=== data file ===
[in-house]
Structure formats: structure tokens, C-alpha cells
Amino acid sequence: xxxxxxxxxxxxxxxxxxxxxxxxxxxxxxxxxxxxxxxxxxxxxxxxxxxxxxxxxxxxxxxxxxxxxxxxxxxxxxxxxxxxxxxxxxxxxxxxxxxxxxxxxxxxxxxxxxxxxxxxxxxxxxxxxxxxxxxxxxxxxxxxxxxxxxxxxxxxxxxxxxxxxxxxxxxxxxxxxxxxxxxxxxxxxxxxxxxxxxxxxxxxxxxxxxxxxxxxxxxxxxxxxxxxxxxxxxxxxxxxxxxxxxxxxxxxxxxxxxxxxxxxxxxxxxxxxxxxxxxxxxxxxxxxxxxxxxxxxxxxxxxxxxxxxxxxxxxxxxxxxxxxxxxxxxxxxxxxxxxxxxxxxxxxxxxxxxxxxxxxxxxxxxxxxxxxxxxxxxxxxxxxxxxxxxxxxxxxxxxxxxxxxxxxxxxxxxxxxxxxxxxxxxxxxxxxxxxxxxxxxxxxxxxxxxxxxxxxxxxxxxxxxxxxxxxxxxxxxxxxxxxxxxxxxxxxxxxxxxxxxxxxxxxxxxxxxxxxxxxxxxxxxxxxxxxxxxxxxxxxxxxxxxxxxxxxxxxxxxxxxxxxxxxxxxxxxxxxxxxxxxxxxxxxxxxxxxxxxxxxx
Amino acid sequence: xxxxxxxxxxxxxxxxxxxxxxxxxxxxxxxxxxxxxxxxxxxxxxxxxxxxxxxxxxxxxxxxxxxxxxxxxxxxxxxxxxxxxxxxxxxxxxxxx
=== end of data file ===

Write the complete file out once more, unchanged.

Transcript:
[in-house]
Structure formats: structure tokens, C-alpha cells
Amino acid sequence: xxxxxxxxxxxxxxxxxxxxxxxxxxxxxxxxxxxxxxxxxxxxxxxxxxxxxxxxxxxxxxxxxxxxxxxxxxxxxxxxxxxxxxxxxxxxxxxxxxxxxxxxxxxxxxxxxxxxxxxxxxxxxxxxxxxxxxxxxxxxxxxxxxxxxxxxxxxxxxxxxxxxxxxxxxxxxxxxxxxxxxxxxxxxxxxxxxxxxxxxxxxxxxxxxxxxxxxxxxxxxxxxxxxxxxxxxxxxxxxxxxxxxxxxxxxxxxxxxxxxxxxxxxxxxxxxxxxxxxxxxxxxxxxxxxxxxxxxxxxxxxxxxxxxxxxxxxxxxxxxxxxxxxxxxxxxxxxxxxxxxxxxxxxxxxxxxxxxxxxxxxxxxxxxxxxxxxxxxxxxxxxxxxxxxxxxxxxxxxxxxxxxxxxxxxxxxxxxxxxxxxxxxxxxxxxxxxxxxxxxxxxxxxxxxxxxxxxxxxxxxxxxxxxxxxxxxxxxxxxxxxxxxxxxxxxxxxxxxxxxxxxxxxxxxxxxxxxxxxxxxxxxxxxxxxxxxxxxxxxxxxxxxxxxxxxxxxxxxxxxxxxxxxxxxxxxxxxxxxxxxxxxxxxxxxxxxxxxxxxxx
Amino acid sequence: xxxxxxxxxxxxxxxxxxxxxxxxxxxxxxxxxxxxxxxxxxxxxxxxxxxxxxxxxxxxxxxxxxxxxxxxxxxxxxxxxxxxxxxxxxxxxxxxx